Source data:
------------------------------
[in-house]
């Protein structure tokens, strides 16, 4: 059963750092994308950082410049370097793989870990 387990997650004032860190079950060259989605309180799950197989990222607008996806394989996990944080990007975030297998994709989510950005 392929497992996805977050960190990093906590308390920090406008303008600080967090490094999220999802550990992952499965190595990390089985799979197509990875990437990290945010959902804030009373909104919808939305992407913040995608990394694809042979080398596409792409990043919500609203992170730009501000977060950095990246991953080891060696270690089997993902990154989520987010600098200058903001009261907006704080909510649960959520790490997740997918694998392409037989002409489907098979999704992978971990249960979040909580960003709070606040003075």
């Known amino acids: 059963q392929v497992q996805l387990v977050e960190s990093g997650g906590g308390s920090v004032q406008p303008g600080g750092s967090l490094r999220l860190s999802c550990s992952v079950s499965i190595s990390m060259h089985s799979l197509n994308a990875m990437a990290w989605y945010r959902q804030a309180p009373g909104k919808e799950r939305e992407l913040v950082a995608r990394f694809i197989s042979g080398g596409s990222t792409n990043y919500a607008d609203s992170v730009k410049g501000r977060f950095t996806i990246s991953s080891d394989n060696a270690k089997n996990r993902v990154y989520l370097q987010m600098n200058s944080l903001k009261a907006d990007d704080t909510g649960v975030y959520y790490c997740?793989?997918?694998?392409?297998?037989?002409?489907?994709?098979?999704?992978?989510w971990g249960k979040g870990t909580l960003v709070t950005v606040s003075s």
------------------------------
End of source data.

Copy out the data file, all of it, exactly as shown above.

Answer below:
[in-house]
């Protein structure tokens, strides 16, 4: 059963750092994308950082410049370097793989870990 387990997650004032860190079950060259989605309180799950197989990222607008996806394989996990944080990007975030297998994709989510950005 392929497992996805977050960190990093906590308390920090406008303008600080967090490094999220999802550990992952499965190595990390089985799979197509990875990437990290945010959902804030009373909104919808939305992407913040995608990394694809042979080398596409792409990043919500609203992170730009501000977060950095990246991953080891060696270690089997993902990154989520987010600098200058903001009261907006704080909510649960959520790490997740997918694998392409037989002409489907098979999704992978971990249960979040909580960003709070606040003075």
């Known amino acids: 059963q392929v497992q996805l387990v977050e960190s990093g997650g906590g308390s920090v004032q406008p303008g600080g750092s967090l490094r999220l860190s999802c550990s992952v079950s499965i190595s990390m060259h089985s799979l197509n994308a990875m990437a990290w989605y945010r959902q804030a309180p009373g909104k919808e799950r939305e992407l913040v950082a995608r990394f694809i197989s042979g080398g596409s990222t792409n990043y919500a607008d609203s992170v730009k410049g501000r977060f950095t996806i990246s991953s080891d394989n060696a270690k089997n996990r993902v990154y989520l370097q987010m600098n200058s944080l903001k009261a907006d990007d704080t909510g649960v975030y959520y790490c997740?793989?997918?694998?392409?297998?037989?002409?489907?994709?098979?999704?992978?989510w971990g249960k979040g870990t909580l960003v709070t950005v606040s003075s």